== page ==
Contact Us    
The Greatest Things Ever

Enjoy them before the world ends.

by James Leroy Wilson
December 19, 2012

Bookmark and Share
The Greatest Things Ever

There was talk in some quarters of the world ending on December 21, 2012, based on the Mayan Calendar. Coincidentally, in The Cosmic Trigger, Robert Anton Wilson writes of the McKenna brothers' calculation that a new consciousness will set in on Dec 22, 2012. That book is from the late 1970's and the Mayan Calendar was never mentioned.

Even if neither come to pass, it's always healthy to take stock of the good things in life and express gratitude. So now is the time to list the greatest things ever, just in case you missed out on them.

By "greatness," I don't mean instrumentalities. The invention of the printing press, for example, was wonderful as an instrumentality; we're grateful for the machine, but only because of the great things that were printed.

Light bulbs, laws, the computer, ideas, ovens, washing machines, etc. -- these are instrumentalities we can be thankful for.

Other things  - favorite foods, smells, music, beauty -  are matters of individual taste.

It's wrong even to rank the greatest movies or novels. Who has time to see or read all of them?

All we're left with, then, are the things that really matter. Aside from #1, any of these can be ranked in any order. Enjoy them before the world ends:

10.Greatest Pope ever:

9. Greatest complaint ever:  


8. Greatest conversation ever: I couldn't get it to post here, but go to this link and scroll to the video at the bottom.

7. Greatest tips and advice ever:  


6. Greatest absurdity ever: Houston Oilers  quarterback George Blanda's 1962 stat line: 42 interceptions (3 per game) and a 47% completion percentage, but an 11-3 record and a double-overtime loss to the Dallas Texans in the AFL Championship.

5. Greatest individual achievement ever: pitcher Steve Carlton's 1972 stat line: 1.97 Earned Run Average. Led league in strikeouts and innings pitched. But that's not why he's on this list. His team, the Phillies, was 27-10 with him, 32-87 without him.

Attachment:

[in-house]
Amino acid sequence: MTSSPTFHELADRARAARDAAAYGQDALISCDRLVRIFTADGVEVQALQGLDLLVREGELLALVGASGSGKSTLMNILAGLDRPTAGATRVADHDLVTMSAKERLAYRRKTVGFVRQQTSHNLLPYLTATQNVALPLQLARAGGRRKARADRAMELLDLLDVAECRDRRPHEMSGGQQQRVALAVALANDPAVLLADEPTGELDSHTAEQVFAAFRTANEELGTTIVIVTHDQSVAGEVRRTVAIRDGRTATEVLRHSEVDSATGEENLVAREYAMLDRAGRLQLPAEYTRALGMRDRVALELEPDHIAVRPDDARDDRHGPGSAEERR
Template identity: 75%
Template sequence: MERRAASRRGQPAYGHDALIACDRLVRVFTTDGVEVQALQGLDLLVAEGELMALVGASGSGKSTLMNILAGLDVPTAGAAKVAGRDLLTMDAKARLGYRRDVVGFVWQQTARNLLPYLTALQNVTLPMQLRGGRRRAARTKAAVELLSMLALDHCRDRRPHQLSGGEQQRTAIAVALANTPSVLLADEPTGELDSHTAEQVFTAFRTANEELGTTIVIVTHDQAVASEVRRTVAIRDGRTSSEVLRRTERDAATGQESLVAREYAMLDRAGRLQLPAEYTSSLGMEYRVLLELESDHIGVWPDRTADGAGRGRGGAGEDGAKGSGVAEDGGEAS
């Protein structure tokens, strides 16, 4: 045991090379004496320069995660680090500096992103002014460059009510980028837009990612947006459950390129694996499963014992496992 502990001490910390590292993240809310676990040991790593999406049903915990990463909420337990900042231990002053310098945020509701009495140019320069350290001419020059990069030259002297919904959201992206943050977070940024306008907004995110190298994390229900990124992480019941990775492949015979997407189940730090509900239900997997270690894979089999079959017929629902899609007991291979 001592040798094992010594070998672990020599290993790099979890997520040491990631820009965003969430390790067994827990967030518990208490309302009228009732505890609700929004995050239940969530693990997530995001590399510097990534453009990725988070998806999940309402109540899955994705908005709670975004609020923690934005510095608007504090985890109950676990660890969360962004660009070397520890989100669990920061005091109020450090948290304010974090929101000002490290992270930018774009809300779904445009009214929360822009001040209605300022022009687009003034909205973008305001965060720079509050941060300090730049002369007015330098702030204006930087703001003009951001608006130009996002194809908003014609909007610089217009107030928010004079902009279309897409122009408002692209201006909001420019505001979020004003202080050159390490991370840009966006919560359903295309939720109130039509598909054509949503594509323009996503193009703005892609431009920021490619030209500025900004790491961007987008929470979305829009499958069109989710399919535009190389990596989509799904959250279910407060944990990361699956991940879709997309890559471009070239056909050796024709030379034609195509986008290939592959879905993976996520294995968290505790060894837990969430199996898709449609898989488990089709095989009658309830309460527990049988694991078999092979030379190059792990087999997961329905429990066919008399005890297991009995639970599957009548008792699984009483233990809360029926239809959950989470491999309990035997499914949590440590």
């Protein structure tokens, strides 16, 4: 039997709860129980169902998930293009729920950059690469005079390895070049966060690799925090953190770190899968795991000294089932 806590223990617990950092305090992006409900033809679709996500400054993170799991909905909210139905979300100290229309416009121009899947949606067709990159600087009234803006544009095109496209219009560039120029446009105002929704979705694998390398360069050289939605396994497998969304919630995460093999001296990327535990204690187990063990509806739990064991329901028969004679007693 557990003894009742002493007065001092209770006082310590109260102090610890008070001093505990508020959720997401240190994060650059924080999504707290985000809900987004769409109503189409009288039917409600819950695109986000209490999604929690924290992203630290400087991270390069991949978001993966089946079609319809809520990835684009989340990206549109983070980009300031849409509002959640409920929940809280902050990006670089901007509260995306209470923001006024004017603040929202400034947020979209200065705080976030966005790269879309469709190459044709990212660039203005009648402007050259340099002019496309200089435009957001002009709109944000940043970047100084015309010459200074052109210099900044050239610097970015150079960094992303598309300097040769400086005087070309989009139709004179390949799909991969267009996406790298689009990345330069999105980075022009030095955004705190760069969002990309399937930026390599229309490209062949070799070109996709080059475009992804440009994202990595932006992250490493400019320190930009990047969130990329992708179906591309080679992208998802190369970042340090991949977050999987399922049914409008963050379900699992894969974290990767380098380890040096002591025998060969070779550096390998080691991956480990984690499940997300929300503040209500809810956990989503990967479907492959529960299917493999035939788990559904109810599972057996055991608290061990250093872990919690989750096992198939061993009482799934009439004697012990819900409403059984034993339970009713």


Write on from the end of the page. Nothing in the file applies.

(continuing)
4. Greatest musical number ever. Never understood why Shani Wallis never got another major part again, but she carried this. It is the most plausible way a sing-along dance number could actually occur in real life. Plus, it is filled with suspense:

3. Greatest truth, or greatest satire of conspiracy theories (who knows, exactly?) ever:

2. Greatest Press Conference Ever:  

1. Greatest thing ever. You've probably seen this before, but not in its full context. There was an amazing finish BEFORE the amazing finish: 



Comments (1)

Post a Comment

Steve Scott from Concord, CA writes:
December 20, 2012
A few more pieces of info that help tell the story:

* It was Elway's last drive in the last minute of the final game in his senior year.
* This was their rivalry game - the 9th oldest in college football dating back to the 1800's.
* Stanford had received a bowl invitation that was conditional upon a victory
* Elway was one of two Heisman trophy finalists
* All the NFL scouts were there and the #1 overall draft pick could be affected.

Send Us Your Opinion
(Comments are moderated.)
Your Name:*

Your E-Mail Address:*
(Confidential. Will not be published.)


Note: In order to control automated spam submissions, URLs are no longer permitted in this form.

Please type the letters you see above.


Bookmark and Share

» jim102670@yahoo.com

This column appears every Tuesday only in The Partial Observer.

Ron Paul Is a Nut (and So Am I)
Published September 10, 2008

Forget about red states and blue states. Wilson's unique take on political topics is refreshingly not politics as usual.

» Buy Now
» More Information
RSS Feed for James Leroy Wilson: RSS Feed for James Leroy Wilson
Sign up to receive an e-mail notice when new articles by this author are published. Your address remains confidential, and you may cancel at any time. A confirmation email will be sent.

Your e-mail address:
po Books
Now Available!

Teachings of a Three Year Old... Turned Tyke,
by Hal Evan Caplan.

A father learns from the wisdom of his toddler.

More Information.

Reproduction of original material from The Partial Observer without written permission is strictly prohibited.
The opinions expressed by site contributors do not necessarily reflect those of the editors.
Copyright ©2000-2021 partialobserver.com. All rights reserved.
Home · Site Map · Top